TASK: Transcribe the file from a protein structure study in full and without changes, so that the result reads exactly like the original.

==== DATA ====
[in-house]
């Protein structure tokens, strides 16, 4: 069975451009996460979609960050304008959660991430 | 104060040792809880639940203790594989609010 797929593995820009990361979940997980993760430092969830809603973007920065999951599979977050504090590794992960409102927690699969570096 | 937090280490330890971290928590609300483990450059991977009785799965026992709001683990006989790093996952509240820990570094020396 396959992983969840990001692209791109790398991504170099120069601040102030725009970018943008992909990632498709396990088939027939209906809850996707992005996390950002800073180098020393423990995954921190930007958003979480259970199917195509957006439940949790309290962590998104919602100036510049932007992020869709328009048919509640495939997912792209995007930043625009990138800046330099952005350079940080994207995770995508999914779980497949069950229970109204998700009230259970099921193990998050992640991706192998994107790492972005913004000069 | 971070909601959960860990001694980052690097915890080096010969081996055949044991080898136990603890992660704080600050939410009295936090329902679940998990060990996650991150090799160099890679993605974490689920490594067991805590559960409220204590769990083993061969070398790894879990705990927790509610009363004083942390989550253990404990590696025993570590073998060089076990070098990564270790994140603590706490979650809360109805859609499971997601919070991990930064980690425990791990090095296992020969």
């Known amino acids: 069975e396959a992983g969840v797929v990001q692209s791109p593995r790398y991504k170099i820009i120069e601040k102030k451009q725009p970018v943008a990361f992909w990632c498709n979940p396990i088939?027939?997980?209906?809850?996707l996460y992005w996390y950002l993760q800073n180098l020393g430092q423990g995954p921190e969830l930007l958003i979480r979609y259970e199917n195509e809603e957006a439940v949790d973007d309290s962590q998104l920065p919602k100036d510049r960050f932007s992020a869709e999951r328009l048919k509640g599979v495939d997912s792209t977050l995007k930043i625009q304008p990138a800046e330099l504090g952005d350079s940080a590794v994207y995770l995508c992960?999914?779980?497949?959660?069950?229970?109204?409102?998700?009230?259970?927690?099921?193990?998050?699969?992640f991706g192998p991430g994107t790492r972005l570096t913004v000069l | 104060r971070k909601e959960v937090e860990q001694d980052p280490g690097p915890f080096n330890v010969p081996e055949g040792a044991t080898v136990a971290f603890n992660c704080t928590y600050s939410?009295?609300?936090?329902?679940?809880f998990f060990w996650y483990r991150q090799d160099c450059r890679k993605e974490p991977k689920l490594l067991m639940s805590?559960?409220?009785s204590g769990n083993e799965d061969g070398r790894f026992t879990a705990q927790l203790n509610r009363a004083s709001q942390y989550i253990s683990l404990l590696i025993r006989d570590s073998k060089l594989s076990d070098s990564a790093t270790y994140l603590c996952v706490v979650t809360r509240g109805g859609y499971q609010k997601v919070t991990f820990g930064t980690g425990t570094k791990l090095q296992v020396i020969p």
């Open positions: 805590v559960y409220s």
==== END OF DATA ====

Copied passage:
[in-house]
């Protein structure tokens, strides 16, 4: 069975451009996460979609960050304008959660991430 | 104060040792809880639940203790594989609010 797929593995820009990361979940997980993760430092969830809603973007920065999951599979977050504090590794992960409102927690699969570096 | 937090280490330890971290928590609300483990450059991977009785799965026992709001683990006989790093996952509240820990570094020396 396959992983969840990001692209791109790398991504170099120069601040102030725009970018943008992909990632498709396990088939027939209906809850996707992005996390950002800073180098020393423990995954921190930007958003979480259970199917195509957006439940949790309290962590998104919602100036510049932007992020869709328009048919509640495939997912792209995007930043625009990138800046330099952005350079940080994207995770995508999914779980497949069950229970109204998700009230259970099921193990998050992640991706192998994107790492972005913004000069 | 971070909601959960860990001694980052690097915890080096010969081996055949044991080898136990603890992660704080600050939410009295936090329902679940998990060990996650991150090799160099890679993605974490689920490594067991805590559960409220204590769990083993061969070398790894879990705990927790509610009363004083942390989550253990404990590696025993570590073998060089076990070098990564270790994140603590706490979650809360109805859609499971997601919070991990930064980690425990791990090095296992020969």
């Known amino acids: 069975e396959a992983g969840v797929v990001q692209s791109p593995r790398y991504k170099i820009i120069e601040k102030k451009q725009p970018v943008a990361f992909w990632c498709n979940p396990i088939?027939?997980?209906?809850?996707l996460y992005w996390y950002l993760q800073n180098l020393g430092q423990g995954p921190e969830l930007l958003i979480r979609y259970e199917n195509e809603e957006a439940v949790d973007d309290s962590q998104l920065p919602k100036d510049r960050f932007s992020a869709e999951r328009l048919k509640g599979v495939d997912s792209t977050l995007k930043i625009q304008p990138a800046e330099l504090g952005d350079s940080a590794v994207y995770l995508c992960?999914?779980?497949?959660?069950?229970?109204?409102?998700?009230?259970?927690?099921?193990?998050?699969?992640f991706g192998p991430g994107t790492r972005l570096t913004v000069l | 104060r971070k909601e959960v937090e860990q001694d980052p280490g690097p915890f080096n330890v010969p081996e055949g040792a044991t080898v136990a971290f603890n992660c704080t928590y600050s939410?009295?609300?936090?329902?679940?809880f998990f060990w996650y483990r991150q090799d160099c450059r890679k993605e974490p991977k689920l490594l067991m639940s805590?559960?409220?009785s204590g769990n083993e799965d061969g070398r790894f026992t879990a705990q927790l203790n509610r009363a004083s709001q942390y989550i253990s683990l404990l590696i025993r006989d570590s073998k060089l594989s076990d070098s990564a790093t270790y994140l603590c996952v706490v979650t809360r509240g109805g859609y499971q609010k997601v919070t991990f820990g930064t980690g425990t570094k791990l090095q296992v020396i020969p």
């Open positions: 805590v559960y409220s």